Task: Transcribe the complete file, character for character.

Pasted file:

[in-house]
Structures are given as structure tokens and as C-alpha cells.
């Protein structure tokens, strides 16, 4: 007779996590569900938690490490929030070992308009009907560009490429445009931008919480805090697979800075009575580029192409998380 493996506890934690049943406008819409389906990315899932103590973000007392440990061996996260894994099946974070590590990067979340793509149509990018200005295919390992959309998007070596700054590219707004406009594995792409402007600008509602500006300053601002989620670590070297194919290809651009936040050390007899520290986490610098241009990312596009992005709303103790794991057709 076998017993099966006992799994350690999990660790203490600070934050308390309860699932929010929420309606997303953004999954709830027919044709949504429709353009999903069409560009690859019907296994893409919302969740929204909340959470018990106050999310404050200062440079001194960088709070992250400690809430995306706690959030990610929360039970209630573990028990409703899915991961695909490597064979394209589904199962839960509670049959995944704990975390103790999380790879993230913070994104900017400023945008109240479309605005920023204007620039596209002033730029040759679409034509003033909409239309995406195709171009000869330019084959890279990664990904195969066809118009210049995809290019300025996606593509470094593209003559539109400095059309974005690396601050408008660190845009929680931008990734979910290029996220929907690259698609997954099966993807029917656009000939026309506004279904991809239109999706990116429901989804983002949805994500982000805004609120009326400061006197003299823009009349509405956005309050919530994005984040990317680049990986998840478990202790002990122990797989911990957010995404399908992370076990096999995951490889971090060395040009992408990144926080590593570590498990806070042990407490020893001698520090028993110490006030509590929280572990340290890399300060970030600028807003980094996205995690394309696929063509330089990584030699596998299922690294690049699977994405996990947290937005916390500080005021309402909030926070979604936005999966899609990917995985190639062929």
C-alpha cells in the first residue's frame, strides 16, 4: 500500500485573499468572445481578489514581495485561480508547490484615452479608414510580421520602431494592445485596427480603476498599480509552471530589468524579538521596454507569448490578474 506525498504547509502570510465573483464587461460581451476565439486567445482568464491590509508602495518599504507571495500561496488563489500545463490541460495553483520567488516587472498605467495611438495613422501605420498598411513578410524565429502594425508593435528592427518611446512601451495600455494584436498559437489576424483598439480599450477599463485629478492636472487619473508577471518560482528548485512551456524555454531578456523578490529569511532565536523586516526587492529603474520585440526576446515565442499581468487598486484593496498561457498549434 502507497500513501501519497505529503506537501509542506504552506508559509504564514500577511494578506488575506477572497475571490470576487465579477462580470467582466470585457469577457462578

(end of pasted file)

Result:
[in-house]
Structures are given as structure tokens and as C-alpha cells.
């Protein structure tokens, strides 16, 4: 007779996590569900938690490490929030070992308009009907560009490429445009931008919480805090697979800075009575580029192409998380 493996506890934690049943406008819409389906990315899932103590973000007392440990061996996260894994099946974070590590990067979340793509149509990018200005295919390992959309998007070596700054590219707004406009594995792409402007600008509602500006300053601002989620670590070297194919290809651009936040050390007899520290986490610098241009990312596009992005709303103790794991057709 076998017993099966006992799994350690999990660790203490600070934050308390309860699932929010929420309606997303953004999954709830027919044709949504429709353009999903069409560009690859019907296994893409919302969740929204909340959470018990106050999310404050200062440079001194960088709070992250400690809430995306706690959030990610929360039970209630573990028990409703899915991961695909490597064979394209589904199962839960509670049959995944704990975390103790999380790879993230913070994104900017400023945008109240479309605005920023204007620039596209002033730029040759679409034509003033909409239309995406195709171009000869330019084959890279990664990904195969066809118009210049995809290019300025996606593509470094593209003559539109400095059309974005690396601050408008660190845009929680931008990734979910290029996220929907690259698609997954099966993807029917656009000939026309506004279904991809239109999706990116429901989804983002949805994500982000805004609120009326400061006197003299823009009349509405956005309050919530994005984040990317680049990986998840478990202790002990122990797989911990957010995404399908992370076990096999995951490889971090060395040009992408990144926080590593570590498990806070042990407490020893001698520090028993110490006030509590929280572990340290890399300060970030600028807003980094996205995690394309696929063509330089990584030699596998299922690294690049699977994405996990947290937005916390500080005021309402909030926070979604936005999966899609990917995985190639062929």
C-alpha cells in the first residue's frame, strides 16, 4: 500500500485573499468572445481578489514581495485561480508547490484615452479608414510580421520602431494592445485596427480603476498599480509552471530589468524579538521596454507569448490578474 506525498504547509502570510465573483464587461460581451476565439486567445482568464491590509508602495518599504507571495500561496488563489500545463490541460495553483520567488516587472498605467495611438495613422501605420498598411513578410524565429502594425508593435528592427518611446512601451495600455494584436498559437489576424483598439480599450477599463485629478492636472487619473508577471518560482528548485512551456524555454531578456523578490529569511532565536523586516526587492529603474520585440526576446515565442499581468487598486484593496498561457498549434 502507497500513501501519497505529503506537501509542506504552506508559509504564514500577511494578506488575506477572497475571490470576487465579477462580470467582466470585457469577457462578